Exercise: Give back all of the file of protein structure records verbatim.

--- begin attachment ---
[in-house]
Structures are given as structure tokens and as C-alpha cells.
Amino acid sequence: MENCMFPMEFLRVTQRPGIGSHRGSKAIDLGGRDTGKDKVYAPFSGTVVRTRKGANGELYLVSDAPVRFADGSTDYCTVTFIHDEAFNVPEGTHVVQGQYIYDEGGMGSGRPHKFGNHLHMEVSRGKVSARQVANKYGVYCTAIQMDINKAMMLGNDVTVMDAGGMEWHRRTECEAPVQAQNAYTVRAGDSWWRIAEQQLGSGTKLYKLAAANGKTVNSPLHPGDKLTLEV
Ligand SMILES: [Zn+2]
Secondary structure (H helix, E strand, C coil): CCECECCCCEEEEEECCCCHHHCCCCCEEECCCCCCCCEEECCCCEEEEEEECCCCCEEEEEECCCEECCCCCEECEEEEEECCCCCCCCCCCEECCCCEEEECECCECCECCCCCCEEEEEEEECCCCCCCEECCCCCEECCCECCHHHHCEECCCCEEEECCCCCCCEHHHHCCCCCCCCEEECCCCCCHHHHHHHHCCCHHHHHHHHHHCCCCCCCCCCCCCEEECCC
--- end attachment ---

[in-house]
Structures are given as structure tokens and as C-alpha cells.
Amino acid sequence: MENCMFPMEFLRVTQRPGIGSHRGSKAIDLGGRDTGKDKVYAPFSGTVVRTRKGANGELYLVSDAPVRFADGSTDYCTVTFIHDEAFNVPEGTHVVQGQYIYDEGGMGSGRPHKFGNHLHMEVSRGKVSARQVANKYGVYCTAIQMDINKAMMLGNDVTVMDAGGMEWHRRTECEAPVQAQNAYTVRAGDSWWRIAEQQLGSGTKLYKLAAANGKTVNSPLHPGDKLTLEV
Ligand SMILES: [Zn+2]
Secondary structure (H helix, E strand, C coil): CCECECCCCEEEEEECCCCHHHCCCCCEEECCCCCCCCEEECCCCEEEEEEECCCCCEEEEEECCCEECCCCCEECEEEEEECCCCCCCCCCCEECCCCEEEECECCECCECCCCCCEEEEEEEECCCCCCCEECCCCCEECCCECCHHHHCEECCCCEEEECCCCCCCEHHHHCCCCCCCCEEECCCCCCHHHHHHHHCCCHHHHHHHHHHCCCCCCCCCCCCCEEECCC